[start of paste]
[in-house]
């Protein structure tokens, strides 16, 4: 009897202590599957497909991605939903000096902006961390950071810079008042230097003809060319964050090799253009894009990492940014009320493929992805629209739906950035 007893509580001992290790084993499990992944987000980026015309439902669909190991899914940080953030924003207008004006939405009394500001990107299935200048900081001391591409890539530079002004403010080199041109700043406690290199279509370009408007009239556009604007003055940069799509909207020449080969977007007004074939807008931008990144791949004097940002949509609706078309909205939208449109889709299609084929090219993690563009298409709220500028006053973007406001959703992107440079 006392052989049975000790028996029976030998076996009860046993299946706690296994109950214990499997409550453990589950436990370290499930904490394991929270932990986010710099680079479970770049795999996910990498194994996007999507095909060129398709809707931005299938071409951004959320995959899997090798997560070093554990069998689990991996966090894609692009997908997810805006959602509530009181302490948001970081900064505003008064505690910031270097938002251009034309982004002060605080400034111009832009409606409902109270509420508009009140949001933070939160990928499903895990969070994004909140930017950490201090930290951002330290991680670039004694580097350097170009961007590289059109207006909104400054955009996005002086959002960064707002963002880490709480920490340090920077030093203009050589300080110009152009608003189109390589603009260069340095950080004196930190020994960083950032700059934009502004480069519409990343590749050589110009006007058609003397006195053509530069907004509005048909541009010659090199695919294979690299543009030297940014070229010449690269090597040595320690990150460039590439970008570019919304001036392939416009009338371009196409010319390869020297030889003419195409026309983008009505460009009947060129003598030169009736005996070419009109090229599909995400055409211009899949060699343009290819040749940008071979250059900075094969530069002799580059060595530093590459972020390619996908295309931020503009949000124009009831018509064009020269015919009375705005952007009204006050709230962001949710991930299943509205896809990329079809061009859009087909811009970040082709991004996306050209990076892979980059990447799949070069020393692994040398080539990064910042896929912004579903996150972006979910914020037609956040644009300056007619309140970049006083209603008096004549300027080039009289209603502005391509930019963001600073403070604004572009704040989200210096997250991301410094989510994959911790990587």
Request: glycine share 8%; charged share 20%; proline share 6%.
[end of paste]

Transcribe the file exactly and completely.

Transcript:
[in-house]
């Protein structure tokens, strides 16, 4: 009897202590599957497909991605939903000096902006961390950071810079008042230097003809060319964050090799253009894009990492940014009320493929992805629209739906950035 007893509580001992290790084993499990992944987000980026015309439902669909190991899914940080953030924003207008004006939405009394500001990107299935200048900081001391591409890539530079002004403010080199041109700043406690290199279509370009408007009239556009604007003055940069799509909207020449080969977007007004074939807008931008990144791949004097940002949509609706078309909205939208449109889709299609084929090219993690563009298409709220500028006053973007406001959703992107440079 006392052989049975000790028996029976030998076996009860046993299946706690296994109950214990499997409550453990589950436990370290499930904490394991929270932990986010710099680079479970770049795999996910990498194994996007999507095909060129398709809707931005299938071409951004959320995959899997090798997560070093554990069998689990991996966090894609692009997908997810805006959602509530009181302490948001970081900064505003008064505690910031270097938002251009034309982004002060605080400034111009832009409606409902109270509420508009009140949001933070939160990928499903895990969070994004909140930017950490201090930290951002330290991680670039004694580097350097170009961007590289059109207006909104400054955009996005002086959002960064707002963002880490709480920490340090920077030093203009050589300080110009152009608003189109390589603009260069340095950080004196930190020994960083950032700059934009502004480069519409990343590749050589110009006007058609003397006195053509530069907004509005048909541009010659090199695919294979690299543009030297940014070229010449690269090597040595320690990150460039590439970008570019919304001036392939416009009338371009196409010319390869020297030889003419195409026309983008009505460009009947060129003598030169009736005996070419009109090229599909995400055409211009899949060699343009290819040749940008071979250059900075094969530069002799580059060595530093590459972020390619996908295309931020503009949000124009009831018509064009020269015919009375705005952007009204006050709230962001949710991930299943509205896809990329079809061009859009087909811009970040082709991004996306050209990076892979980059990447799949070069020393692994040398080539990064910042896929912004579903996150972006979910914020037609956040644009300056007619309140970049006083209603008096004549300027080039009289209603502005391509930019963001600073403070604004572009704040989200210096997250991301410094989510994959911790990587």
Request: glycine share 8%; charged share 20%; proline share 6%.